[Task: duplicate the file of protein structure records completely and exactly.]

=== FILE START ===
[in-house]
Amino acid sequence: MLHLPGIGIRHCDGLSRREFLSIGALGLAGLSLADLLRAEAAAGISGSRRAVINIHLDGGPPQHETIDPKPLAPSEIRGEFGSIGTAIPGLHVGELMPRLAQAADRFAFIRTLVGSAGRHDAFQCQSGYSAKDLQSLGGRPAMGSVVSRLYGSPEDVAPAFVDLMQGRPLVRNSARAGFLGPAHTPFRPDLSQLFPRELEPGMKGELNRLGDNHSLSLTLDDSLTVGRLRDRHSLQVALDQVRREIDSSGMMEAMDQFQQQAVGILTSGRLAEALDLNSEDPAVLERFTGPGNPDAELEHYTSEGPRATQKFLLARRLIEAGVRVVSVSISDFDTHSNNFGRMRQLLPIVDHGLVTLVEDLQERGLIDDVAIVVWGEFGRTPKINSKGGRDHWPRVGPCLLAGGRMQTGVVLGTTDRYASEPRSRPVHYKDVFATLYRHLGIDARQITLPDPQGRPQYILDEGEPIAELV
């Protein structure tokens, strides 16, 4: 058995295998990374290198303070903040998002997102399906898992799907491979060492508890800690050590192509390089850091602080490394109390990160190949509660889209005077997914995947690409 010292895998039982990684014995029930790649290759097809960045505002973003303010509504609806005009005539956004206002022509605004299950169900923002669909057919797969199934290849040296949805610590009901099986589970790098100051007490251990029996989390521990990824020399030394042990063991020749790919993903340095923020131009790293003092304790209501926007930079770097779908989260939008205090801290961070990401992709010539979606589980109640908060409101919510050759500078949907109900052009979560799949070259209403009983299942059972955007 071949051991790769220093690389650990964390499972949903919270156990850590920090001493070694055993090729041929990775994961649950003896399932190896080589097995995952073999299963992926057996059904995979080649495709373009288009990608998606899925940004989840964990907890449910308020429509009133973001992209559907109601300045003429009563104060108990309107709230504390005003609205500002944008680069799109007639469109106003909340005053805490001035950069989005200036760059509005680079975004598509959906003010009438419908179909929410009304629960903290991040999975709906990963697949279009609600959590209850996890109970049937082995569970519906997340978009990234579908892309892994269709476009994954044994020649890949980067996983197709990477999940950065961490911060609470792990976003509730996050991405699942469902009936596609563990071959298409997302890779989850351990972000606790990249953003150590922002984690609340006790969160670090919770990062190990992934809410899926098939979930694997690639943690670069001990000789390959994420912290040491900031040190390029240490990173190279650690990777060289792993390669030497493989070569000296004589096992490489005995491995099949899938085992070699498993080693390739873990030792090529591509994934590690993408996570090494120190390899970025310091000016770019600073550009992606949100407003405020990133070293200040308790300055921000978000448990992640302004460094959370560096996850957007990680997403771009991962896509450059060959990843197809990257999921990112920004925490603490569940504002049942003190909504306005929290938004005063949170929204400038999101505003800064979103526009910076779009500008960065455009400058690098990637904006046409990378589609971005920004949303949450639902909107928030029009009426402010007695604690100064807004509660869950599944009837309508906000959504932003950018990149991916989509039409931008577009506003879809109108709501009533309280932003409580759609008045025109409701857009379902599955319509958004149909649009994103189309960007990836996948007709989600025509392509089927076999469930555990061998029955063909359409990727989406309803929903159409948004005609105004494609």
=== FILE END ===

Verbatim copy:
[in-house]
Amino acid sequence: MLHLPGIGIRHCDGLSRREFLSIGALGLAGLSLADLLRAEAAAGISGSRRAVINIHLDGGPPQHETIDPKPLAPSEIRGEFGSIGTAIPGLHVGELMPRLAQAADRFAFIRTLVGSAGRHDAFQCQSGYSAKDLQSLGGRPAMGSVVSRLYGSPEDVAPAFVDLMQGRPLVRNSARAGFLGPAHTPFRPDLSQLFPRELEPGMKGELNRLGDNHSLSLTLDDSLTVGRLRDRHSLQVALDQVRREIDSSGMMEAMDQFQQQAVGILTSGRLAEALDLNSEDPAVLERFTGPGNPDAELEHYTSEGPRATQKFLLARRLIEAGVRVVSVSISDFDTHSNNFGRMRQLLPIVDHGLVTLVEDLQERGLIDDVAIVVWGEFGRTPKINSKGGRDHWPRVGPCLLAGGRMQTGVVLGTTDRYASEPRSRPVHYKDVFATLYRHLGIDARQITLPDPQGRPQYILDEGEPIAELV
């Protein structure tokens, strides 16, 4: 058995295998990374290198303070903040998002997102399906898992799907491979060492508890800690050590192509390089850091602080490394109390990160190949509660889209005077997914995947690409 010292895998039982990684014995029930790649290759097809960045505002973003303010509504609806005009005539956004206002022509605004299950169900923002669909057919797969199934290849040296949805610590009901099986589970790098100051007490251990029996989390521990990824020399030394042990063991020749790919993903340095923020131009790293003092304790209501926007930079770097779908989260939008205090801290961070990401992709010539979606589980109640908060409101919510050759500078949907109900052009979560799949070259209403009983299942059972955007 071949051991790769220093690389650990964390499972949903919270156990850590920090001493070694055993090729041929990775994961649950003896399932190896080589097995995952073999299963992926057996059904995979080649495709373009288009990608998606899925940004989840964990907890449910308020429509009133973001992209559907109601300045003429009563104060108990309107709230504390005003609205500002944008680069799109007639469109106003909340005053805490001035950069989005200036760059509005680079975004598509959906003010009438419908179909929410009304629960903290991040999975709906990963697949279009609600959590209850996890109970049937082995569970519906997340978009990234579908892309892994269709476009994954044994020649890949980067996983197709990477999940950065961490911060609470792990976003509730996050991405699942469902009936596609563990071959298409997302890779989850351990972000606790990249953003150590922002984690609340006790969160670090919770990062190990992934809410899926098939979930694997690639943690670069001990000789390959994420912290040491900031040190390029240490990173190279650690990777060289792993390669030497493989070569000296004589096992490489005995491995099949899938085992070699498993080693390739873990030792090529591509994934590690993408996570090494120190390899970025310091000016770019600073550009992606949100407003405020990133070293200040308790300055921000978000448990992640302004460094959370560096996850957007990680997403771009991962896509450059060959990843197809990257999921990112920004925490603490569940504002049942003190909504306005929290938004005063949170929204400038999101505003800064979103526009910076779009500008960065455009400058690098990637904006046409990378589609971005920004949303949450639902909107928030029009009426402010007695604690100064807004509660869950599944009837309508906000959504932003950018990149991916989509039409931008577009506003879809109108709501009533309280932003409580759609008045025109409701857009379902599955319509958004149909649009994103189309960007990836996948007709989600025509392509089927076999469930555990061998029955063909359409990727989406309803929903159409948004005609105004494609």